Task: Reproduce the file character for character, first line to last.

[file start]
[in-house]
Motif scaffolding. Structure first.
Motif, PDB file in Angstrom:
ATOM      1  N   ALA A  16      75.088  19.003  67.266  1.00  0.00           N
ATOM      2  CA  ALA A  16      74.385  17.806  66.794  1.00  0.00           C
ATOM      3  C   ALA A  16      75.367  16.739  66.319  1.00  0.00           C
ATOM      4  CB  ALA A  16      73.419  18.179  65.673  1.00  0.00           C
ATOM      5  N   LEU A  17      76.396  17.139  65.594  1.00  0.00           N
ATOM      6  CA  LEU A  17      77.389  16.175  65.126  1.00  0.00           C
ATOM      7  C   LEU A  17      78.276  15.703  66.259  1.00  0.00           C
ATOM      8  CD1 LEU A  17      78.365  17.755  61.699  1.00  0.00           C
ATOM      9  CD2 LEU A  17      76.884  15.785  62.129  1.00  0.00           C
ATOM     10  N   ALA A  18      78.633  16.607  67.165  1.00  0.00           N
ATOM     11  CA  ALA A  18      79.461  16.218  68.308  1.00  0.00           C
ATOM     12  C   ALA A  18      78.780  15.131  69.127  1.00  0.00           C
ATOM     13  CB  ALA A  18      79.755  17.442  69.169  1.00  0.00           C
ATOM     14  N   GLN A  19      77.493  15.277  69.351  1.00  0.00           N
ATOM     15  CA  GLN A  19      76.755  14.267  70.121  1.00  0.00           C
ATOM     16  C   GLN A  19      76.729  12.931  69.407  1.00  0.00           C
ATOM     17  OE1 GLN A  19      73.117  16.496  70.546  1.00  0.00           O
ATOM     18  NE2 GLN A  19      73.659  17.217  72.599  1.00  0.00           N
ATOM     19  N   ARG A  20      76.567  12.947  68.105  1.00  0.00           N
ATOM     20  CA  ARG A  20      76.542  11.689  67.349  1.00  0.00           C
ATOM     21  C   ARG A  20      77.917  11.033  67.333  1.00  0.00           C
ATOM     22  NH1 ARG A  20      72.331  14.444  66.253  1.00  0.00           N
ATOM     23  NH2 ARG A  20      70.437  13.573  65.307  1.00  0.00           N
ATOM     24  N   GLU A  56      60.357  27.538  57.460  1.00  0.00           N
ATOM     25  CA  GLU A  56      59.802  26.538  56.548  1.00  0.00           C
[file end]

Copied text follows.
[in-house]
Motif scaffolding. Structure first.
Motif, PDB file in Angstrom:
ATOM      1  N   ALA A  16      75.088  19.003  67.266  1.00  0.00           N
ATOM      2  CA  ALA A  16      74.385  17.806  66.794  1.00  0.00           C
ATOM      3  C   ALA A  16      75.367  16.739  66.319  1.00  0.00           C
ATOM      4  CB  ALA A  16      73.419  18.179  65.673  1.00  0.00           C
ATOM      5  N   LEU A  17      76.396  17.139  65.594  1.00  0.00           N
ATOM      6  CA  LEU A  17      77.389  16.175  65.126  1.00  0.00           C
ATOM      7  C   LEU A  17      78.276  15.703  66.259  1.00  0.00           C
ATOM      8  CD1 LEU A  17      78.365  17.755  61.699  1.00  0.00           C
ATOM      9  CD2 LEU A  17      76.884  15.785  62.129  1.00  0.00           C
ATOM     10  N   ALA A  18      78.633  16.607  67.165  1.00  0.00           N
ATOM     11  CA  ALA A  18      79.461  16.218  68.308  1.00  0.00           C
ATOM     12  C   ALA A  18      78.780  15.131  69.127  1.00  0.00           C
ATOM     13  CB  ALA A  18      79.755  17.442  69.169  1.00  0.00           C
ATOM     14  N   GLN A  19      77.493  15.277  69.351  1.00  0.00           N
ATOM     15  CA  GLN A  19      76.755  14.267  70.121  1.00  0.00           C
ATOM     16  C   GLN A  19      76.729  12.931  69.407  1.00  0.00           C
ATOM     17  OE1 GLN A  19      73.117  16.496  70.546  1.00  0.00           O
ATOM     18  NE2 GLN A  19      73.659  17.217  72.599  1.00  0.00           N
ATOM     19  N   ARG A  20      76.567  12.947  68.105  1.00  0.00           N
ATOM     20  CA  ARG A  20      76.542  11.689  67.349  1.00  0.00           C
ATOM     21  C   ARG A  20      77.917  11.033  67.333  1.00  0.00           C
ATOM     22  NH1 ARG A  20      72.331  14.444  66.253  1.00  0.00           N
ATOM     23  NH2 ARG A  20      70.437  13.573  65.307  1.00  0.00           N
ATOM     24  N   GLU A  56      60.357  27.538  57.460  1.00  0.00           N
ATOM     25  CA  GLU A  56      59.802  26.538  56.548  1.00  0.00           C